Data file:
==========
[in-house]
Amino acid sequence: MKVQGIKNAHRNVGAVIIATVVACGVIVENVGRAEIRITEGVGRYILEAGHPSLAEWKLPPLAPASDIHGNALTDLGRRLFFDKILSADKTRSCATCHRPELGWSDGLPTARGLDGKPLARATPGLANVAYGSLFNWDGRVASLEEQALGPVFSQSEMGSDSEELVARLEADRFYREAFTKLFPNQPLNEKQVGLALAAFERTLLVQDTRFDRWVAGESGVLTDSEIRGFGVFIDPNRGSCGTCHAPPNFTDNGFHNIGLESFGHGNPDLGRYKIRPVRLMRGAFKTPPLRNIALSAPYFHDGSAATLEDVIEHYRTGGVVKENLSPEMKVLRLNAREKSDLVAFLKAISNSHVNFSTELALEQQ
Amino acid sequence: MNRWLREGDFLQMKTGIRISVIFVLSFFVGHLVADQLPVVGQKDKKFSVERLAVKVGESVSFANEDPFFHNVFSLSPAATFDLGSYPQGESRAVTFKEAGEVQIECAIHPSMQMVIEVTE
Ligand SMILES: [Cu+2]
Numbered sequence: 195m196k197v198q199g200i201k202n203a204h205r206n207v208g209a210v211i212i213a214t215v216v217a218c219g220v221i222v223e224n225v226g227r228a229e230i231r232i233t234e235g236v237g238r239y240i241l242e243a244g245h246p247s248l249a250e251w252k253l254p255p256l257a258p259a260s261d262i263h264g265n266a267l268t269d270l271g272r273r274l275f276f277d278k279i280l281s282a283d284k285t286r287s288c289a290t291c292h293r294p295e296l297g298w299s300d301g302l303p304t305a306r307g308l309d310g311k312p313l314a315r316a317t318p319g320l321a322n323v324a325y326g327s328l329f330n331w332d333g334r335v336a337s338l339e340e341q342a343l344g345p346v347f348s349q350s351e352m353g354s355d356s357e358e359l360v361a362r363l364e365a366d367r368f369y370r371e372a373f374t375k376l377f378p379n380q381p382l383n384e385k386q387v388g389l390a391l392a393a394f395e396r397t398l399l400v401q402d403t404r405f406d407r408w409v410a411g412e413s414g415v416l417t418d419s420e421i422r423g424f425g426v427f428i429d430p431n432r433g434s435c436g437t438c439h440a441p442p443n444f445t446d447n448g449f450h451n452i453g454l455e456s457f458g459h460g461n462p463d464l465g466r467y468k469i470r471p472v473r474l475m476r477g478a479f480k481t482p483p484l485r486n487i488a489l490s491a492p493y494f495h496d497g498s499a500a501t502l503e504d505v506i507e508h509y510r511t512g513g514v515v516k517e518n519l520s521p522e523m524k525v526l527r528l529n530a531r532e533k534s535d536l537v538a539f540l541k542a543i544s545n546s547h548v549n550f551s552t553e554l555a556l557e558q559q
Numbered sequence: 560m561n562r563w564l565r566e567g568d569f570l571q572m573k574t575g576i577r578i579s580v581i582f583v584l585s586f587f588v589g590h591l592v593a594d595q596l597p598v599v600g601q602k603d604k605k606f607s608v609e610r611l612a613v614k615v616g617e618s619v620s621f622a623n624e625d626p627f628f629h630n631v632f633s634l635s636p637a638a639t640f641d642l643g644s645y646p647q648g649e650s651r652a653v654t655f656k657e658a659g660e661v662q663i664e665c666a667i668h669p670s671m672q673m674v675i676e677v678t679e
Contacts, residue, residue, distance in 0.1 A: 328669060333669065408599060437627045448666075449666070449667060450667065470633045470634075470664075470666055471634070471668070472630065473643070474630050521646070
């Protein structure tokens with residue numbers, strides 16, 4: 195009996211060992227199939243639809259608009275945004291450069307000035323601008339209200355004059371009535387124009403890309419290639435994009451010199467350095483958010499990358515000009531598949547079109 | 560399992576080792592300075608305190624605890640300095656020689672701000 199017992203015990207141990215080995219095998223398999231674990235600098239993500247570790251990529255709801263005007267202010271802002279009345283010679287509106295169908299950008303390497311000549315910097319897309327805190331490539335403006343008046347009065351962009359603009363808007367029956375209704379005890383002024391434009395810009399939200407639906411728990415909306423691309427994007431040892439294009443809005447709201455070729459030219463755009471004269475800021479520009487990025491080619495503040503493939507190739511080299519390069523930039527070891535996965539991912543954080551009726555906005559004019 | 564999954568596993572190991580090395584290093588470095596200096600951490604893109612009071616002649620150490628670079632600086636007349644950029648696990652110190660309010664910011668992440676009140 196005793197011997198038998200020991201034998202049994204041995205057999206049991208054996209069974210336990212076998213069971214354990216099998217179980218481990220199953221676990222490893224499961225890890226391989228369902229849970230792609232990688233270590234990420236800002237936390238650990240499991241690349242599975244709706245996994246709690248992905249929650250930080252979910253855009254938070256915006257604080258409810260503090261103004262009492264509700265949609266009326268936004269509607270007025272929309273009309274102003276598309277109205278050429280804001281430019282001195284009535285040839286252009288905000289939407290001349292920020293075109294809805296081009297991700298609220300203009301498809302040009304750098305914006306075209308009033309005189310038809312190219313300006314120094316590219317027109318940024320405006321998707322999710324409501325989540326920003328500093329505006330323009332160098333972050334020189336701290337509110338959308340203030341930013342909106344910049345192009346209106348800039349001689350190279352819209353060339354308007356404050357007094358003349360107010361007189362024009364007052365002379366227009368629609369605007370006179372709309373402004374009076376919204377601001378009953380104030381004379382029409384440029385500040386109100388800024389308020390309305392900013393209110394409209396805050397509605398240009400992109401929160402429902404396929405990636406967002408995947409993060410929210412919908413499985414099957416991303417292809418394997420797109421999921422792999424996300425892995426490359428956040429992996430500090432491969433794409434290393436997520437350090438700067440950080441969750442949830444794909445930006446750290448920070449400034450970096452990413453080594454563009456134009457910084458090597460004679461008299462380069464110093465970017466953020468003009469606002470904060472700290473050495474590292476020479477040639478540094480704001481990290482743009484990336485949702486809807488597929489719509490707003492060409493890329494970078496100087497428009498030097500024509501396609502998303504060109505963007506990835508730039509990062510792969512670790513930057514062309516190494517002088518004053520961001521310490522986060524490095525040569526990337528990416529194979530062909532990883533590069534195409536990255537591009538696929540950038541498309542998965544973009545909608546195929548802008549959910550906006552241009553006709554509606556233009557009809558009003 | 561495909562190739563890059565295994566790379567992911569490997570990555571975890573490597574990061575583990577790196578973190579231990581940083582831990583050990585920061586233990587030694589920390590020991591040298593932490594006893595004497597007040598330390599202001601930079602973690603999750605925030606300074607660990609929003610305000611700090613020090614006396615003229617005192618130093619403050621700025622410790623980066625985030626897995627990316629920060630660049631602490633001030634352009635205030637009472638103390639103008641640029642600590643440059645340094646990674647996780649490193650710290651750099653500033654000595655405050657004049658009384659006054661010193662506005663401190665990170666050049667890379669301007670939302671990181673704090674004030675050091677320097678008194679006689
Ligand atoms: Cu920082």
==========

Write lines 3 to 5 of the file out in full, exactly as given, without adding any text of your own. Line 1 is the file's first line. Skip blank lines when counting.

Amino acid sequence: MNRWLREGDFLQMKTGIRISVIFVLSFFVGHLVADQLPVVGQKDKKFSVERLAVKVGESVSFANEDPFFHNVFSLSPAATFDLGSYPQGESRAVTFKEAGEVQIECAIHPSMQMVIEVTE
Ligand SMILES: [Cu+2]
Numbered sequence: 195m196k197v198q199g200i201k202n203a204h205r206n207v208g209a210v211i212i213a214t215v216v217a218c219g220v221i222v223e224n225v226g227r228a229e230i231r232i233t234e235g236v237g238r239y240i241l242e243a244g245h246p247s248l249a250e251w252k253l254p255p256l257a258p259a260s261d262i263h264g265n266a267l268t269d270l271g272r273r274l275f276f277d278k279i280l281s282a283d284k285t286r287s288c289a290t291c292h293r294p295e296l297g298w299s300d301g302l303p304t305a306r307g308l309d310g311k312p313l314a315r316a317t318p319g320l321a322n323v324a325y326g327s328l329f330n331w332d333g334r335v336a337s338l339e340e341q342a343l344g345p346v347f348s349q350s351e352m353g354s355d356s357e358e359l360v361a362r363l364e365a366d367r368f369y370r371e372a373f374t375k376l377f378p379n380q381p382l383n384e385k386q387v388g389l390a391l392a393a394f395e396r397t398l399l400v401q402d403t404r405f406d407r408w409v410a411g412e413s414g415v416l417t418d419s420e421i422r423g424f425g426v427f428i429d430p431n432r433g434s435c436g437t438c439h440a441p442p443n444f445t446d447n448g449f450h451n452i453g454l455e456s457f458g459h460g461n462p463d464l465g466r467y468k469i470r471p472v473r474l475m476r477g478a479f480k481t482p483p484l485r486n487i488a489l490s491a492p493y494f495h496d497g498s499a500a501t502l503e504d505v506i507e508h509y510r511t512g513g514v515v516k517e518n519l520s521p522e523m524k525v526l527r528l529n530a531r532e533k534s535d536l537v538a539f540l541k542a543i544s545n546s547h548v549n550f551s552t553e554l555a556l557e558q559q